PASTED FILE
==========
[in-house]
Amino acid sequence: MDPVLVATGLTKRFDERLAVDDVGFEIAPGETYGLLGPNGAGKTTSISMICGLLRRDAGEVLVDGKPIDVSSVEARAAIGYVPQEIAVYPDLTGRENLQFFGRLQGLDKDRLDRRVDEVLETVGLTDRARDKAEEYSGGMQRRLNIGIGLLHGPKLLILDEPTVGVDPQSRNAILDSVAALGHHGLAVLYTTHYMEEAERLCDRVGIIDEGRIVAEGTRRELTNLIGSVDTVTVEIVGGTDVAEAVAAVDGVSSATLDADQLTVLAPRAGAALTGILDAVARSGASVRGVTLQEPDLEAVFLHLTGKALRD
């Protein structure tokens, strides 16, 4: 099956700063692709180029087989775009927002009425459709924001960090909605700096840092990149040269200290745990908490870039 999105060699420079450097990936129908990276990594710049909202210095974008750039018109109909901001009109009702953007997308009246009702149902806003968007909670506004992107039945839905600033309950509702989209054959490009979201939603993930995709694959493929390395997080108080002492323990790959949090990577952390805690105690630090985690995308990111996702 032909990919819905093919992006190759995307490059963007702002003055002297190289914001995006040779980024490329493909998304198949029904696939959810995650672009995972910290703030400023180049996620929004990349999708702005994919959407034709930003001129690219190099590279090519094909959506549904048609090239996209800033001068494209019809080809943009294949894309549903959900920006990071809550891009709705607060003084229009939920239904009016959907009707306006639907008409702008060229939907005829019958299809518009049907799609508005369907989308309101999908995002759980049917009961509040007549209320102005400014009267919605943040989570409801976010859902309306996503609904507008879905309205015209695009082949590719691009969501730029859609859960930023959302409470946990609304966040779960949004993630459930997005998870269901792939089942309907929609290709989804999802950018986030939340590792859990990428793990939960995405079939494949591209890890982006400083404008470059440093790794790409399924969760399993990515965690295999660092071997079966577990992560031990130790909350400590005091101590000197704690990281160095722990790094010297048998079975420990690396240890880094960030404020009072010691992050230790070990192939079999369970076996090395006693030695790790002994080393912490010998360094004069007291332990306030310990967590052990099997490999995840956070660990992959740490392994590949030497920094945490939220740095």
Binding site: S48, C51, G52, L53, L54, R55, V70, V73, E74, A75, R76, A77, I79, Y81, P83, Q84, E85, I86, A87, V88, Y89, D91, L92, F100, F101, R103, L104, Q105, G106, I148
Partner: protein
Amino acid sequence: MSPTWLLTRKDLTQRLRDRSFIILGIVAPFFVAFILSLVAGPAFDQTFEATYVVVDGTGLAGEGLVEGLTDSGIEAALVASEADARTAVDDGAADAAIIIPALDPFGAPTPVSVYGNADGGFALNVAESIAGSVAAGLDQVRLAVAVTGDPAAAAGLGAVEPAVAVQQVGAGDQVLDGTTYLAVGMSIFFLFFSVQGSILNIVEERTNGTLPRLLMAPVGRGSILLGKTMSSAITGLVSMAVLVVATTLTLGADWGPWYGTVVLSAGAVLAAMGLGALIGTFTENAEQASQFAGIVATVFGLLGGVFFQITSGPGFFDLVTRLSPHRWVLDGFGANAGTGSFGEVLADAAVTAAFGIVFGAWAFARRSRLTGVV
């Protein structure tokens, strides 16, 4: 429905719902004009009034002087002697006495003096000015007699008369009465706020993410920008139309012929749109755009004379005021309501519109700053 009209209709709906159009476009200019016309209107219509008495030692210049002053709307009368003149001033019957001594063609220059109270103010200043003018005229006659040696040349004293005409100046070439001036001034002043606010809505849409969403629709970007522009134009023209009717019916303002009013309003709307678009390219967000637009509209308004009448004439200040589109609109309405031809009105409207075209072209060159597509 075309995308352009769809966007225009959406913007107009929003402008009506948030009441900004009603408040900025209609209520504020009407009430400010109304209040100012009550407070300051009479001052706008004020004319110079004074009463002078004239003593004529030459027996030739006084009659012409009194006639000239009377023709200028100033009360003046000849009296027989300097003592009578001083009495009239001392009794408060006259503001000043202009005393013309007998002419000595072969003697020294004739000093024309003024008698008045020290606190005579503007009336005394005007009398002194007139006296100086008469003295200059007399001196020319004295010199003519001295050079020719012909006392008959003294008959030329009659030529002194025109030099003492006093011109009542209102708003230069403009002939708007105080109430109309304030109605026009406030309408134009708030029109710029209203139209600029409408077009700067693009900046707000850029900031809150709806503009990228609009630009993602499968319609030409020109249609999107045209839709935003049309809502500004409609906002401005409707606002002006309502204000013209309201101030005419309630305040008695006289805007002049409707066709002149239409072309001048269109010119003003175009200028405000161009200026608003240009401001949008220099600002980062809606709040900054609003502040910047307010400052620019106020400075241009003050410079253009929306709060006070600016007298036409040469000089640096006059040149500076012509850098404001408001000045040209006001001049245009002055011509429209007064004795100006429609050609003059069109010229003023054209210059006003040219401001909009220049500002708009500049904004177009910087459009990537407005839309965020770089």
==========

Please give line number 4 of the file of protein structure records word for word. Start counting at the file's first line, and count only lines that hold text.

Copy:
Binding site: S48, C51, G52, L53, L54, R55, V70, V73, E74, A75, R76, A77, I79, Y81, P83, Q84, E85, I86, A87, V88, Y89, D91, L92, F100, F101, R103, L104, Q105, G106, I148